English PEN welcomes the 2 May release of freelance journalist and internet writer Frank Chikowore (28), after more than two weeks in detention. However, the charges of ‘public violence’ against him stand and there are concerns that he will not receive a fair trial. English PEN is also concerned about continuing attacks on the print media following the contested March 2008 elections. It calls on the authorities either to back up or drop the charges against Chikowore, and to cease attacks against print journalists’ peacefully exercising their right to freedom of expression.
Frank Chikowore, journalist for publications including the private weekly The Standard, also runs a popular blog covering the 2008 elections. He was arrested on 15 April 2008 while covering a strike organised by the opposition Movement for Democratic Change (MDC) to demand the release of the 29 March election results. Initially held incommunicado, Chikowore was not charged for six days, in violation of Zimbabwean law which states that this should occur within 48 hours of arrest. On 21 April he was finally charged with ‘public violence’, in relation to the burning of a bus on the morning of 15 April. These charges came after the police had made and rejected a number of other accusations, including reporting without accreditation, arson and attempted murder.
Originally denied bail on the grounds that the political climate was still too volatile, Chikowore was finally released on 2 May, following payment of Z$5 billion (reportedly approx. US$167,000 as of 2 June 2008) bail. The judge ruled that the state had yet to establish a prima facie case against him due to the police’s failure to produce the necessary evidence. However, the charges of public violence still stand and Chikowore has been ordered to report to the police twice a week pending his trial.
There are concerns that the charges against Chikowore may have been fabricated, and the delays in charging him and granting him bail suggest that he may not receive a fair trial.
The contested March 2008 elections have prompted a new spate of attacks on the press in Zimbabwe. For example:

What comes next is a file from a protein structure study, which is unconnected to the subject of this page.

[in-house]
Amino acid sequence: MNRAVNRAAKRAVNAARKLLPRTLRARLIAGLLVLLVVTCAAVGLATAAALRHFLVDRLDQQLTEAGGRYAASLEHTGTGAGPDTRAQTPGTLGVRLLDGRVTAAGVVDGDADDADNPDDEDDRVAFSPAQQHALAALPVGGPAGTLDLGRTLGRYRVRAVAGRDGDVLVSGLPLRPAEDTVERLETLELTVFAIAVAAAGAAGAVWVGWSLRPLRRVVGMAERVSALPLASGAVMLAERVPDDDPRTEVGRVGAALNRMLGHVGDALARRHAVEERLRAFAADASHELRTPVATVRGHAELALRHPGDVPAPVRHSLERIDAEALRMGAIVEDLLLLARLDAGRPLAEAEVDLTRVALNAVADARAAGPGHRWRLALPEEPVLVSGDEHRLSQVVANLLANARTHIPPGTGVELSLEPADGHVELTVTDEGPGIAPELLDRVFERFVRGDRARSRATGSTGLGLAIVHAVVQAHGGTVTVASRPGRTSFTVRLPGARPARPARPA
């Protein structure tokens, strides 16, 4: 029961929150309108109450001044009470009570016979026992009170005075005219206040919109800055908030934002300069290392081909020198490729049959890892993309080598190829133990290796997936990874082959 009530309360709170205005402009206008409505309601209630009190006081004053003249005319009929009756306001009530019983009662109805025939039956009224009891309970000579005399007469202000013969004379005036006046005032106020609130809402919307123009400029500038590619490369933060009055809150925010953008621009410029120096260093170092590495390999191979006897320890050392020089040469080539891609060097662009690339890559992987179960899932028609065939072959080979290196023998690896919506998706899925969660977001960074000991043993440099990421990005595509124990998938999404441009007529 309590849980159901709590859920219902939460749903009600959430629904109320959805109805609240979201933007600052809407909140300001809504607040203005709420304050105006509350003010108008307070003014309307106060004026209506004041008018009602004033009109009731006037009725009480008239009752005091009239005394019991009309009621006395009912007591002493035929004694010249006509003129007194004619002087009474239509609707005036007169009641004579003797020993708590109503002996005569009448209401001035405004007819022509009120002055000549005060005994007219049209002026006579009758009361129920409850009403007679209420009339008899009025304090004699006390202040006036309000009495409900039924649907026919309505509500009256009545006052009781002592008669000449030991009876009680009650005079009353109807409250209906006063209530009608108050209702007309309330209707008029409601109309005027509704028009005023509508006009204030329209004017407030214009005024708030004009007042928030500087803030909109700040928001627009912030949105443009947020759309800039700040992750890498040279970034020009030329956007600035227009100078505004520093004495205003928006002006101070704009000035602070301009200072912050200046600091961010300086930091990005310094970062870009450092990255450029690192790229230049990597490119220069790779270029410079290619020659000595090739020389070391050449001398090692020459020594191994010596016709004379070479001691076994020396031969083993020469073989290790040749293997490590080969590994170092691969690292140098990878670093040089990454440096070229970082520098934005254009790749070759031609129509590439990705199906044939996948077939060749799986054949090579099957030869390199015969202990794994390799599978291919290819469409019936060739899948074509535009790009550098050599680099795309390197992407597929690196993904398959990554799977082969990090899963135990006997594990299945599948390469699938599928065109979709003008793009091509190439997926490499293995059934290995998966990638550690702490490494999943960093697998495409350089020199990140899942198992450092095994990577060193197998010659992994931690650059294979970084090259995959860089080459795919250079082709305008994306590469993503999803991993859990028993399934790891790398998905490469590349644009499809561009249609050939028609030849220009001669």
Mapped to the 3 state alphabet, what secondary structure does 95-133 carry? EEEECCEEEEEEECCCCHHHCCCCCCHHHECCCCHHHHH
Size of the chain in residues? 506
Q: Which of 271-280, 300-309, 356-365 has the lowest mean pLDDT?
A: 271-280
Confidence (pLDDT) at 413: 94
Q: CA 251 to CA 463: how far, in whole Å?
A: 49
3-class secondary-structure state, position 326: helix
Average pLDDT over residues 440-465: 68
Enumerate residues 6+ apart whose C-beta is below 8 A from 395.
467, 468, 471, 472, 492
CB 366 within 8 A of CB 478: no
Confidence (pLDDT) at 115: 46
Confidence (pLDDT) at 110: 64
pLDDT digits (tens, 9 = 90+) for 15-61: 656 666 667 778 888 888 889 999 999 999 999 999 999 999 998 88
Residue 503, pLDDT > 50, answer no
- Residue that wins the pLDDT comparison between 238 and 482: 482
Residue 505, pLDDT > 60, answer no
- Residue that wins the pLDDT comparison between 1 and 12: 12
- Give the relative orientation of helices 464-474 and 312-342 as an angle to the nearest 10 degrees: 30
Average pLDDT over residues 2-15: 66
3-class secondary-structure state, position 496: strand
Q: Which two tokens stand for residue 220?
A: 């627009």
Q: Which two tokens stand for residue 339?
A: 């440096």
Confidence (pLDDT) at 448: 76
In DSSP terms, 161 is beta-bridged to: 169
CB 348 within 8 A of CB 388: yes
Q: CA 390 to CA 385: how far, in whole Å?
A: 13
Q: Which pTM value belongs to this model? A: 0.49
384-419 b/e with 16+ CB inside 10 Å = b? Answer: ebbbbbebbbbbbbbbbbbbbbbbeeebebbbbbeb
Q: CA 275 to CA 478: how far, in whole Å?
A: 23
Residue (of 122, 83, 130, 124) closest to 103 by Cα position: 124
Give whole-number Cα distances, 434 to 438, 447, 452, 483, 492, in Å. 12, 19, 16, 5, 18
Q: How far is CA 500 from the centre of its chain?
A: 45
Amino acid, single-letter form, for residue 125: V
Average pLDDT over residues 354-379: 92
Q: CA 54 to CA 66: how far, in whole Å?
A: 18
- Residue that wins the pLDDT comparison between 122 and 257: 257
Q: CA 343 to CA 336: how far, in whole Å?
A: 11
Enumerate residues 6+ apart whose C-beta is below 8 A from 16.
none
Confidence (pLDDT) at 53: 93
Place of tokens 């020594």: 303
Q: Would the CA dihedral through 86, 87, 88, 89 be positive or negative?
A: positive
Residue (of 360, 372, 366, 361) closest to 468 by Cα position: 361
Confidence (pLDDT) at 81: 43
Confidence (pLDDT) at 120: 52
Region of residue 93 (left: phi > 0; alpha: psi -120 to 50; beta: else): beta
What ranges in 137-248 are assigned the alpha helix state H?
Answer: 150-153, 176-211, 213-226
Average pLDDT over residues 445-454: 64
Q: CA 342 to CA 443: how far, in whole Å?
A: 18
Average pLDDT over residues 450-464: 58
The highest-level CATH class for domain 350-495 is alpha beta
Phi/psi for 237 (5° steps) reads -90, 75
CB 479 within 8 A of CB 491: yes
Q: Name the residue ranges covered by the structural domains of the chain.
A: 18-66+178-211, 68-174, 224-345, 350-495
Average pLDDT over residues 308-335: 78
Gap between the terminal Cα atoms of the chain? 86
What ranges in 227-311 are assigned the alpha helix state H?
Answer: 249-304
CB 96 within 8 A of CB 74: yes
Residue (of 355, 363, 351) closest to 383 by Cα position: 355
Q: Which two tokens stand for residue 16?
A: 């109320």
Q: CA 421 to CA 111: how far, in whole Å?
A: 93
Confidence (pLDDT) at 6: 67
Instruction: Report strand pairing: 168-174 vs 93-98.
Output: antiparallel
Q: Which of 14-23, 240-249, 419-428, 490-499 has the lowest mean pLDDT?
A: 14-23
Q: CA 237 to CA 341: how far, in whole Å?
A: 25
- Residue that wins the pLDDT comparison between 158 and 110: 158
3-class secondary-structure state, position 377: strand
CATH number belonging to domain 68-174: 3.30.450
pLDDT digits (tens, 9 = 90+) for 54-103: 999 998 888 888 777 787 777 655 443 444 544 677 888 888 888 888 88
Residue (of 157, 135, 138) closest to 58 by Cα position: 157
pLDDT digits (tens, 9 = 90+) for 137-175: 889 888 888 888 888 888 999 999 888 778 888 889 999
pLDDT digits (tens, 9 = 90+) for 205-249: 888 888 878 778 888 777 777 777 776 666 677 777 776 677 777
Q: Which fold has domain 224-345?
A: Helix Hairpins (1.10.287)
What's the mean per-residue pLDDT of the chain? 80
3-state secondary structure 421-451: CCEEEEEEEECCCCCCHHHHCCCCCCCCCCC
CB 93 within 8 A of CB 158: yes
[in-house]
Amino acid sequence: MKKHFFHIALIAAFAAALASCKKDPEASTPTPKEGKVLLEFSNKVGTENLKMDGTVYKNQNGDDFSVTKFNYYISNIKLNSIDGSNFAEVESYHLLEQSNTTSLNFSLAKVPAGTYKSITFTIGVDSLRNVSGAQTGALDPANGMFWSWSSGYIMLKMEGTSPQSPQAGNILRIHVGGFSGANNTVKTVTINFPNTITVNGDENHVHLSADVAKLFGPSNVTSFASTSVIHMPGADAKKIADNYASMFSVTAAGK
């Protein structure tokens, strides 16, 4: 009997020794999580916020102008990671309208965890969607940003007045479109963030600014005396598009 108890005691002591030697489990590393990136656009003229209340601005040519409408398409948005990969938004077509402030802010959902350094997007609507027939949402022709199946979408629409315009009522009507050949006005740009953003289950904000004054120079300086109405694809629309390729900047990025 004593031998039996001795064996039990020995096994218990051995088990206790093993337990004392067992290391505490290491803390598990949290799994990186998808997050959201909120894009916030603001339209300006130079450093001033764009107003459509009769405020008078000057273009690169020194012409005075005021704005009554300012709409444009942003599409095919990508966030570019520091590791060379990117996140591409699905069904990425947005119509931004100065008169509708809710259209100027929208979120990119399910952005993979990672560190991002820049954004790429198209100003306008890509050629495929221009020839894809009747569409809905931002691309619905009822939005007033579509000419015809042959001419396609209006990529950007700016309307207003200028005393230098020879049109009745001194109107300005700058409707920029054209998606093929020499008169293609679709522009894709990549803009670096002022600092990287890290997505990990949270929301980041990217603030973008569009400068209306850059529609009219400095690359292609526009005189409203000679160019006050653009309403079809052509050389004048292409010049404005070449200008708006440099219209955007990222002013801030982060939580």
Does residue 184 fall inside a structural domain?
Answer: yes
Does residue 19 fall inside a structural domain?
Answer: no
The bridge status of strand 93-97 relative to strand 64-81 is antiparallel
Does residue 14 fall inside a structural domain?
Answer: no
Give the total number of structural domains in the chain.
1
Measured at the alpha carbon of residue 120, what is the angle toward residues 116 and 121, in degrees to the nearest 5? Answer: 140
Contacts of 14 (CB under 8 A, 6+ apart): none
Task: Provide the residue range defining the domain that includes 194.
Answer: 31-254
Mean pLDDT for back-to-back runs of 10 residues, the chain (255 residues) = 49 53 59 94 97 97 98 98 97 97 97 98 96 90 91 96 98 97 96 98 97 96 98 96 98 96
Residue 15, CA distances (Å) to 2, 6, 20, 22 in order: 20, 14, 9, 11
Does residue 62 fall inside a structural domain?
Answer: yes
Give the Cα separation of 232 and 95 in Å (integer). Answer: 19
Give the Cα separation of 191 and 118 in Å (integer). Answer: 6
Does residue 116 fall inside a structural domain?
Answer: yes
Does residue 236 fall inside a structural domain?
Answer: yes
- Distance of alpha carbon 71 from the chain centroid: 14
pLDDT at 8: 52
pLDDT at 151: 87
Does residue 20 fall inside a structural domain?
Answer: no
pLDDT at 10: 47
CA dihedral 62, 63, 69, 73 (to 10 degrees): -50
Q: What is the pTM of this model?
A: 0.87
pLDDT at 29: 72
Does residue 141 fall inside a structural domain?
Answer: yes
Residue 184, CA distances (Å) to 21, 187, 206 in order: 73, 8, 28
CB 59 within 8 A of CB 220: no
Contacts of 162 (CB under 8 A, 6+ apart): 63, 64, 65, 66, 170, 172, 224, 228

Freelancer Stanley Karombo, who was held incommunicado for three days in April following his coverage of celebrations for the 28th anniversary of Zimbabwe’s independence (see here), was reportedly hospitalised as a result of beatings sustained in police detention. Karombo, who was charged with ‘conduct likely to cause public disorder’ and released on payment of a fine, was said to be suffering from nightmares and problems with his eyesight.
Davison Maruziva, editor of the popular independent Sunday newspaper The Standard, was arrested, detained overnight and put on trial for publishing a 20 April opinion piece by MDC breakaway faction leader, Arthur Mutambara, which was critical of the Mugabe regime.
The post-election period has also seen the initiation of legal proceedings against three other print journalists and the conviction of one other, even though their reporting was ostensibly unrelated to the elections themselves. On 24 April Blessed Mhlanga (f), James Muonwa and Wycliff Nyarota, all journalists for the weekly Network Guardian, based in Kwekwe, central Zimbabwe, were put on trial for a 26 March story on a couple who were allegedly caught having sex in a vehicle parked at a shopping centre in Kwekwe. On 29 April, after a 13-month trial, Bright Chibvuri, editor of the Zimbabwe Congress of Trade Unions (ZCTU) magazine The Worker, was convicted of practising journalism without accreditation and ordered to pay a fine of Z$2 billion (reportedly approx. US$6 as of 2 June 2008) or serve 10 days in prison. An appeal was lodged with the High Court on 15 May on the basis that Chibvuri was in fact duly accredited in 2007, including on the date of his arrest.
Please send appeals:
Welcoming the release on bail of freelance journalist and internet writer Frank Chikowore after more than two weeks’ detention;
Expressing concern nevertheless about the delays in charging Chikowore and granting him bail, and calling on the authorities either to back up the charges of ‘public violence’ – which some reports suggest are trumped-up – and to ensure that Chikowore receives a fair trial; or to drop the charges;
Protesting the wave of post-election attacks against other print journalists, in apparent violation of their right to freedom of expression enshrined in the African Charter on Human and Peoples’ Rights and the International Covenant on Civil and Political Rights, to which Zimbabwe is party.
His Excellency President Robert G Mugabe
Office of the President
Munhumutapa Building, Samora Machel Avenue/ 3rd Street, Box 7700
Causeway, Harare, Zimbabwe
Fax: 263 4 734 644
Salutation: Your Excellency
Commissioner-General of Police
Zimbabwe Republic Police
Police Headquarters, PO Box 8807, Causeway, Harare, Zimbabwe
Fax: 263 4 253 212
Salutation: Dear Commissioner-General
Special Rapporteur on Freedom of Expression in Africa
Commissioner Faith Pansy Tlakula
African Commission on Human and Peoples’ Rights
48 Kairaba Avenue, P. O. Box 673, Banjul, The Gambia
Fax: 220 439076
His Excellency Mr Gabriel Mharadze Machinga
Embassy of the Republic of Zimbabwe
429 The Strand
***Please send appeals as soon as possible. Check with English PEN if sending appeals after 1 July 2008.***
Originally posted with the url: www.englishpen.org/writersinprison/bulletins/zimbabwejournalistreleasedbutrestrictionscontinue/